2. Donald postulates also a greater change, or at least one that is more important in regard to the modern carriers of culture, when he states that writing brings along the external vehicles of cognition and with that the idea of what is considered objective knowledge. In the architecture of the individual this shapes the modes of thinking which build on the reciprocity between memory systems of and outside the body, and as such it leads to a change in the architecture.

3. All of this is closely linked to the present age. Network information carriers are a new instrument of access to knowledge. They are new, for example, in the sense that less preparation is needed to use the knowledge. That is true both in the long term (schooling) and short term (no need to physically access a library and in it a book). Beyond mere metaphors, the big psychological question is whether this will change the structure of human thinking and the whole system of the social verification of thinking. Does the contemporary information revolution induce architectural change?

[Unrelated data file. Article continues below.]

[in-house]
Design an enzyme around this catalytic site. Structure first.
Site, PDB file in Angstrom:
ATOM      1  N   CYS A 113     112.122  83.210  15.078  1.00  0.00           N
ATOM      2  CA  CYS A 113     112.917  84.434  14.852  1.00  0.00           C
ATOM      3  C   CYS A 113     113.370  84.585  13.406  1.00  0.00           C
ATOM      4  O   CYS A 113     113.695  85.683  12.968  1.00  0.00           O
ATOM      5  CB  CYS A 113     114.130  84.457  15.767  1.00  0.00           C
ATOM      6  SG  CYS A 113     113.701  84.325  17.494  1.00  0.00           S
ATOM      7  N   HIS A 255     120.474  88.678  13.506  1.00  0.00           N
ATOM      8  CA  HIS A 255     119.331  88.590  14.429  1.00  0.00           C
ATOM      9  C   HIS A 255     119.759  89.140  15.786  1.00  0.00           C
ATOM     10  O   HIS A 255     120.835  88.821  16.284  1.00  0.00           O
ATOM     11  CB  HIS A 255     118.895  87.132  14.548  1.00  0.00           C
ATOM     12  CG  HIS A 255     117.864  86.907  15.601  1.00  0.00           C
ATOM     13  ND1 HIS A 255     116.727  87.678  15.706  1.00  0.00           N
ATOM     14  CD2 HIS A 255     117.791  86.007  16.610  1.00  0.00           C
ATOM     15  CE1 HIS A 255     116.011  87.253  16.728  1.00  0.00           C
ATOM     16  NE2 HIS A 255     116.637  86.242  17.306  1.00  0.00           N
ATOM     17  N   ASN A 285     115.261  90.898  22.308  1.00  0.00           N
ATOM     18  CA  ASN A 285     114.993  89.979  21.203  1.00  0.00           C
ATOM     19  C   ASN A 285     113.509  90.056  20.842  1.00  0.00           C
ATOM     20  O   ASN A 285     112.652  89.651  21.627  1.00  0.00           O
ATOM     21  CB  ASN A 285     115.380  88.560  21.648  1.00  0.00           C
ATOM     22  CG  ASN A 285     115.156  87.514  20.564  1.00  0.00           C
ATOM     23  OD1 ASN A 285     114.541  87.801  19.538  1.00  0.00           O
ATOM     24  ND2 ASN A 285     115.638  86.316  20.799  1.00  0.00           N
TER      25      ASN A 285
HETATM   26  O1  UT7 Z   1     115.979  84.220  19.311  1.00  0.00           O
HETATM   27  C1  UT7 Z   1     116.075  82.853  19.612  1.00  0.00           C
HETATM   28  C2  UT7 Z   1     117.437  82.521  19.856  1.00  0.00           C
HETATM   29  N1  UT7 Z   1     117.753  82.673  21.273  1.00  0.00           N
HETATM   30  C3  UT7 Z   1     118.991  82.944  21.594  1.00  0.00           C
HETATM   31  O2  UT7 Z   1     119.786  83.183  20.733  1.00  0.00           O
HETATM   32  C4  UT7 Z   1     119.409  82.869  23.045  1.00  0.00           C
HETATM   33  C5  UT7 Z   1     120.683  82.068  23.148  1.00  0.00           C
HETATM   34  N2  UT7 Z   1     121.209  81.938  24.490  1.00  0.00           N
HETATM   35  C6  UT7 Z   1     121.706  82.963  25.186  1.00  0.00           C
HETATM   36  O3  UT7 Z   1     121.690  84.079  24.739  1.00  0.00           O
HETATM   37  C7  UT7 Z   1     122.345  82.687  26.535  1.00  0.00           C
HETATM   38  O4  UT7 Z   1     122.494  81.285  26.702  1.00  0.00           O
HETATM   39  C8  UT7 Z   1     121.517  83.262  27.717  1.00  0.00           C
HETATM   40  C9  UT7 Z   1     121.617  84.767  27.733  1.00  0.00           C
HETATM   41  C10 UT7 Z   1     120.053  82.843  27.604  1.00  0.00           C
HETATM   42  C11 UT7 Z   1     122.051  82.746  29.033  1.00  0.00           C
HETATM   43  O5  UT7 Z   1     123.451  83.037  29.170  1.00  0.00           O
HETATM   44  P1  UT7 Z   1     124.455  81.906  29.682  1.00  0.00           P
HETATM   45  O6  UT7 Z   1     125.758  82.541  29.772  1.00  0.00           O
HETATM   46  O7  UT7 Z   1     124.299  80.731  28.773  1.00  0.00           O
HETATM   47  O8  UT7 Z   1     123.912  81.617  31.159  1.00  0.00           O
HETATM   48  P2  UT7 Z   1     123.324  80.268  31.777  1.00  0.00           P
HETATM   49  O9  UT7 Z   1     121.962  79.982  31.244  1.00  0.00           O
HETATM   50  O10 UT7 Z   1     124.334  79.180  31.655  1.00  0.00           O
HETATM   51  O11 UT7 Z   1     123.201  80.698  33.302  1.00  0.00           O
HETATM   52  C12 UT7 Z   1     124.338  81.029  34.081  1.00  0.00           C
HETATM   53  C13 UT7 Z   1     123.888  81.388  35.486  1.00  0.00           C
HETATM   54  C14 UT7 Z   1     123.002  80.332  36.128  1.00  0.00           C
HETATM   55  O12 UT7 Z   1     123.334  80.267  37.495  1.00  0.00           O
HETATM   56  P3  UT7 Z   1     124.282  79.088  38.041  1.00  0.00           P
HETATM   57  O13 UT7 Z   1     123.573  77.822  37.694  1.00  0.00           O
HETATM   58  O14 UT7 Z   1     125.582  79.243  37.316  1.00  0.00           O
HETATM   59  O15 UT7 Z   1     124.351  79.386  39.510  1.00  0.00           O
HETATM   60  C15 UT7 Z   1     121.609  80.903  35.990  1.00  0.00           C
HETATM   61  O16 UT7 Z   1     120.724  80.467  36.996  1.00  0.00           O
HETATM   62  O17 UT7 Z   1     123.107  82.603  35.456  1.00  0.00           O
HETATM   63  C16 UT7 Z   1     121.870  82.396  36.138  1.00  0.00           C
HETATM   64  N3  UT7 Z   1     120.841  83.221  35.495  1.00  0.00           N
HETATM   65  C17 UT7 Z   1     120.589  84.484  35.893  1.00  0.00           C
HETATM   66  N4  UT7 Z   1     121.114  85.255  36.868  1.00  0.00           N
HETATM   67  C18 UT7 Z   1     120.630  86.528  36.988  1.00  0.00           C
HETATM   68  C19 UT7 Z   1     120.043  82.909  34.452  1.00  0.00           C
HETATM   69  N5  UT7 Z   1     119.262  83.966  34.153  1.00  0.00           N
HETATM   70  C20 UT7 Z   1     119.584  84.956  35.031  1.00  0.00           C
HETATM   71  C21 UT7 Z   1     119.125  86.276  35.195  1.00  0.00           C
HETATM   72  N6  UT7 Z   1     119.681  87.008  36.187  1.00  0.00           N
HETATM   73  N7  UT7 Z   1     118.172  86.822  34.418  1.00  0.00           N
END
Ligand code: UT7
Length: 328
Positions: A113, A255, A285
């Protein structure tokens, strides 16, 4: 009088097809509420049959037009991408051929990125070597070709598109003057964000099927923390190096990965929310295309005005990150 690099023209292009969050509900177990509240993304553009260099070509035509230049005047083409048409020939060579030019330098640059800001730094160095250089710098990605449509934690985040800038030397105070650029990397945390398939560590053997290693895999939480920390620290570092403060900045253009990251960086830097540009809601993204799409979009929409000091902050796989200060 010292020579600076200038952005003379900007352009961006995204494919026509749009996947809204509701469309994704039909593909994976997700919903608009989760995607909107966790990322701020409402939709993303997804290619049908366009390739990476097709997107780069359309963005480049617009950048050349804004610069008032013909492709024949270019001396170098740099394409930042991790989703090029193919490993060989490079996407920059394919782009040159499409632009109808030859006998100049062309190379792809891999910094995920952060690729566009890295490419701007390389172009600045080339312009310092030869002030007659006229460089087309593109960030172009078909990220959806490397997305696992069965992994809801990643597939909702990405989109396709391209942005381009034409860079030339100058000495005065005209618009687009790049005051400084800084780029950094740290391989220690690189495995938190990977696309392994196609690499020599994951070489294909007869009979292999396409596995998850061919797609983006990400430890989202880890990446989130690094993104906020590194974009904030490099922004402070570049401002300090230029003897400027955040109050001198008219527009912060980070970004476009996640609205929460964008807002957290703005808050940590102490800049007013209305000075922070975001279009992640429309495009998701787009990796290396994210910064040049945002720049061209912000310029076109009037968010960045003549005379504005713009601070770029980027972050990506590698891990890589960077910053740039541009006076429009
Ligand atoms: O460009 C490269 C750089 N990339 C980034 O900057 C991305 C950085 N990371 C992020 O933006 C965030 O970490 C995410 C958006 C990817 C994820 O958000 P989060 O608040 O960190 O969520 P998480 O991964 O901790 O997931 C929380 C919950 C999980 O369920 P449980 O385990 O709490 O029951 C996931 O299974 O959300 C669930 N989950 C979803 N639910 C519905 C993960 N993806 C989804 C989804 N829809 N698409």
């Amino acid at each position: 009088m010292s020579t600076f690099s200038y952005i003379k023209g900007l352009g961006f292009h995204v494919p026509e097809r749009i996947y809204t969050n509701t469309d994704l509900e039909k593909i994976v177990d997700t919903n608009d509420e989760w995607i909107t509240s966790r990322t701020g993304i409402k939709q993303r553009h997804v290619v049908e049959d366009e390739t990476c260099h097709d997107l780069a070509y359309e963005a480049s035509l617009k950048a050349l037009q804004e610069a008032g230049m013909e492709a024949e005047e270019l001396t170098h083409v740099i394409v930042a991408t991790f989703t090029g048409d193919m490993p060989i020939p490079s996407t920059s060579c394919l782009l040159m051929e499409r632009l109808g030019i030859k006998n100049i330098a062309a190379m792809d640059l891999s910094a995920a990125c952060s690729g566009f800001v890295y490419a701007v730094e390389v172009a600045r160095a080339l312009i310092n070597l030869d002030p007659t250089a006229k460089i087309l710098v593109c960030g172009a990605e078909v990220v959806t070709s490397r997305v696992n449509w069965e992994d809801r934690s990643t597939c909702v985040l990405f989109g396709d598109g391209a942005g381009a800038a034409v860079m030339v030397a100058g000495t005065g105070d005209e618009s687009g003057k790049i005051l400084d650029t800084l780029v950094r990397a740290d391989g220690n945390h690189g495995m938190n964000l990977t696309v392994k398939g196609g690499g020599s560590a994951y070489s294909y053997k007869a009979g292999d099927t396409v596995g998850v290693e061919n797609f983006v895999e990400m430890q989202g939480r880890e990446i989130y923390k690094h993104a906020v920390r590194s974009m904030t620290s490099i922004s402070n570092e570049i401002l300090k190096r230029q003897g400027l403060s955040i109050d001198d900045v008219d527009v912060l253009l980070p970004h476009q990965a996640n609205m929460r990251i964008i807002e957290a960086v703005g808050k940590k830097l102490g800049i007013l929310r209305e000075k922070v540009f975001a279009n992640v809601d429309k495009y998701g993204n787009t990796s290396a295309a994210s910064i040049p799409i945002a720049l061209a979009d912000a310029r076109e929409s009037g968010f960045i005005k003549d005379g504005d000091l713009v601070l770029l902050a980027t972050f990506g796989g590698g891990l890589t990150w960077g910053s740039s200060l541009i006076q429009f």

4. These are the ideas the talk attempts to explore:
4.1. Change in the access to knowledge and in learning strategies: Long-term changes.
4.2. Knowledge-based information processing and retrieval. Could there be a top-down shift as a consequence of the new technologies?
4.3. Changes in the criteria for the certainty of knowledge and the psychological consequences of this. The transformation of naive epistemology.
4.1. Consequences of the changes in access to and accessibility of communication.


Valéria CSÉPE: Cognitive Development and the Mobile Information Society